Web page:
Embargo

Ending the Embargo on Affordable Health

IN OAKLAND, CALIF., schools and other nontraditional sites host health clinics that provide both primary care and preventive health services for area residents, many of whom are uninsured.

In south Los Angeles, mental health professionals have created programs based on nutrition and group exercise, along with peer-to-peer education about the transmission of HIV/AIDS. Community groups, faith-based organizations, schools, and health providers are coming together in Albuquerque, N.M., to enroll hundreds of children in Medicaid and start neighborhood walking groups—part of an effort to break down walls between health-care providers and their patients

The U.S. health-care system is known for treating advanced-stage illnesses with expensive therapies that are often not accessible to those without health insurance. So if these low-cost, preventative programs in Oakland, LA, and Albuquerque don’t sound like the typical U.S. approach to health, you’re right: These and other community-based efforts trace their inspiration to the remarkably successful health system built by the nation of Cuba.

That inspiration, and the U.S. initiatives that have followed, have been nurtured by the California-based nonprofit Medical Education Cooperation with Cuba, known as MEDICC. Through guided trips to directly observe Cuba’s health system, MEDICC aims to help those working in underserved communities in the U.S. learn about the Cuban model, where quite limited health-care expenditures in a decidedly low-income population manage to provide universal care and health outcomes that rival those in the U.S.

A recent grant from the Robert Wood Johnson Foundation is supporting expansion of the program. “Cuba has not reinvented the wheel when it comes to health care, but they approach the challenge in a way that we can learn so much from,” says Diane Applebaum, a family nurse practitioner who directs MEDICC’s U.S.-Cuba Community Partnerships for Health Equity program.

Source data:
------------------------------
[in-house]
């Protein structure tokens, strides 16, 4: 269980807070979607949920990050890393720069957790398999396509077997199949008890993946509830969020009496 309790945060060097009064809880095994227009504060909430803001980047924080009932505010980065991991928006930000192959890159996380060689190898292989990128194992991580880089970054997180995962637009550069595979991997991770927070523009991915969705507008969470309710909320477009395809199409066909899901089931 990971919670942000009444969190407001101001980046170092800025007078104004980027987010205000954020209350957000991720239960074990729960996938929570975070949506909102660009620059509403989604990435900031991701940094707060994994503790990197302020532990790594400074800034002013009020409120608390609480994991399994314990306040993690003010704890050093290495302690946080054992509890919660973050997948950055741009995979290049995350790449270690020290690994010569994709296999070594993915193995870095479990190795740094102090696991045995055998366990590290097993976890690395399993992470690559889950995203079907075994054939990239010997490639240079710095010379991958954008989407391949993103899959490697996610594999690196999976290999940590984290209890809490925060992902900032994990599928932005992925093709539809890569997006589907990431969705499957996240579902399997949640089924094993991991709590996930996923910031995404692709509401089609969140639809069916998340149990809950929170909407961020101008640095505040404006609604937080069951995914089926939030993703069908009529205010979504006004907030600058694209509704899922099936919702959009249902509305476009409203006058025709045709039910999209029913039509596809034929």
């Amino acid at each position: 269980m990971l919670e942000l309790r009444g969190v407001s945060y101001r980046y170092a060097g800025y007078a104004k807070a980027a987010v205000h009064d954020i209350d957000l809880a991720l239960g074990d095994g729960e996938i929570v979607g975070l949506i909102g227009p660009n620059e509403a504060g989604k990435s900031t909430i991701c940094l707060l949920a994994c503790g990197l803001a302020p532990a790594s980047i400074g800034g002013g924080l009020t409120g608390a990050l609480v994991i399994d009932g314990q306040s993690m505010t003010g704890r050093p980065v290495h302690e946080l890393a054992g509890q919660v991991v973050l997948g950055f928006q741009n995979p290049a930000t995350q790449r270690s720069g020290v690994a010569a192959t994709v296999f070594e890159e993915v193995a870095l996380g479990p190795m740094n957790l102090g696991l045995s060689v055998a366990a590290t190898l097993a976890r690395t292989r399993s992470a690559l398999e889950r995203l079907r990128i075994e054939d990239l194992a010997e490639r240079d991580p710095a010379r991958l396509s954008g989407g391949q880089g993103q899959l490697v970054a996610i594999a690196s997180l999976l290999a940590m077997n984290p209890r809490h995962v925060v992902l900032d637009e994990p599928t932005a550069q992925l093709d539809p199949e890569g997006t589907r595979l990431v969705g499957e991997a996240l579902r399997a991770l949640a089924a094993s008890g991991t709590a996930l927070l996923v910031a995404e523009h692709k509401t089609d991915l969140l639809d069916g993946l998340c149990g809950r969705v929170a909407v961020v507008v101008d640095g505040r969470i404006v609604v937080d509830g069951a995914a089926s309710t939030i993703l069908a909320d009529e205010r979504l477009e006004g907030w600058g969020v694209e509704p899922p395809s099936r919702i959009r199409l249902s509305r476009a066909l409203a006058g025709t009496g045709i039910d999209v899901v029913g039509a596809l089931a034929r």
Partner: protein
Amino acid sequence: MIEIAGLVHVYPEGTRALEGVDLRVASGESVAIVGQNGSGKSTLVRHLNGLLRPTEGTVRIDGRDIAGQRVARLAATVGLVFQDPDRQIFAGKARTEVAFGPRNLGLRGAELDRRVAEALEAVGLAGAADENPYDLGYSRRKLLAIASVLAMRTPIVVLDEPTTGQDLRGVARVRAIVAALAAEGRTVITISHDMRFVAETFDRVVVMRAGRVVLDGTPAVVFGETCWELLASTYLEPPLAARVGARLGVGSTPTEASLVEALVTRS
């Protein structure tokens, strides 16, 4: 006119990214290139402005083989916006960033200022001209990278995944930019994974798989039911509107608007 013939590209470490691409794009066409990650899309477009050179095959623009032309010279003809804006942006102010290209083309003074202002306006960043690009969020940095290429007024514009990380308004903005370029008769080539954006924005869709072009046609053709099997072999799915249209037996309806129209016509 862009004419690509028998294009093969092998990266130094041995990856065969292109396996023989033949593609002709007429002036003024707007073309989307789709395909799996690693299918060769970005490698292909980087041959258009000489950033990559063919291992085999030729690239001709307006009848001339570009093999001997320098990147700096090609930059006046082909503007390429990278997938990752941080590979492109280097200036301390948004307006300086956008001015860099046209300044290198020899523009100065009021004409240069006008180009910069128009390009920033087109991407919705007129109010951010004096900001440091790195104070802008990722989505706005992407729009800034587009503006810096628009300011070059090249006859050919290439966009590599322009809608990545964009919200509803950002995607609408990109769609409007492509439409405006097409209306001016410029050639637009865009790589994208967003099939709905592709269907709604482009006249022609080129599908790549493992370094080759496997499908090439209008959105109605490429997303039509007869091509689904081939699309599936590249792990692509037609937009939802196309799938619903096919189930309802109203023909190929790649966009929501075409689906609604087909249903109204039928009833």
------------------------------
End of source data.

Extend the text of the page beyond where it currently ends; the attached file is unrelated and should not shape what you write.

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After Pope’s Trip, Catholic Bishops Seek End to Cuba Embargo

L'Osservatore Romano Vatican-Pool/Getty Images

Pope Benedict XVI meets with former Cuban President Fidel Castro llast month. L'Osservatore Romano Vatican-Pool/Getty Images

Following Pope Benedict XVI's recent trip to Cuba, U.S. Catholic bishops are pushing the State Department to lift the 50-year Cuban embargo in order to improve religious liberty and human rights for the Cuban people. 

In a Tuesday (April 17) letter to Secretary of State Hillary Rodham Clinton, Bishop Richard E. Pates of Des Moines, Iowa, the chairman of the bishops' Committee on International Justice and Peace, pressed the Obama administration to pursue “purposeful engagement rather than ineffective isolation” with Havana.

The Cuban Journal

Cuba, Dec. 8, 2008. Image via Wylio: http://bit.ly/tQNsK3

Cuba, Dec. 8, 2008. Image via Wylio: http://bit.ly/tQNsK3

Earlier this month, Sojourners board member and former General Secretary of the Reformed Church in America, Wes Granberg-Michaelson, journeyed to Cuba with a delegation of religious leaders from the National Council of Churches.

Their visit culminated in a joint declaration celebrating signs of unity between the U.S. and Cuban churches. Sixteen representatives of U.S. National Council of Churches member communions were in Cuba November 28 through December 2 meeting with Cuban church and political leaders, including President Raúl Castro.

The delegation, which Cuban church leaders said was the highest ranking U.S. church group to visit the island in their memory, was led by the Rev. Dr. Michael Kinnamon, NCC general secretary. The joint statement by the churches declared that normalization of relations between the U.S. and Cuba would be in the best interest of both nations, and the leaders called for the resolution of three humanitarian issues “which cause unjustifiable human misunderstanding and suffering.” Foremost among the issues is the 53-year-old U.S. economic embargo of Cuba that dates back to the administration of President John F. Kennedy.

Read a series of dispatches from Granberg-Michaelson inside God's Politics.

 

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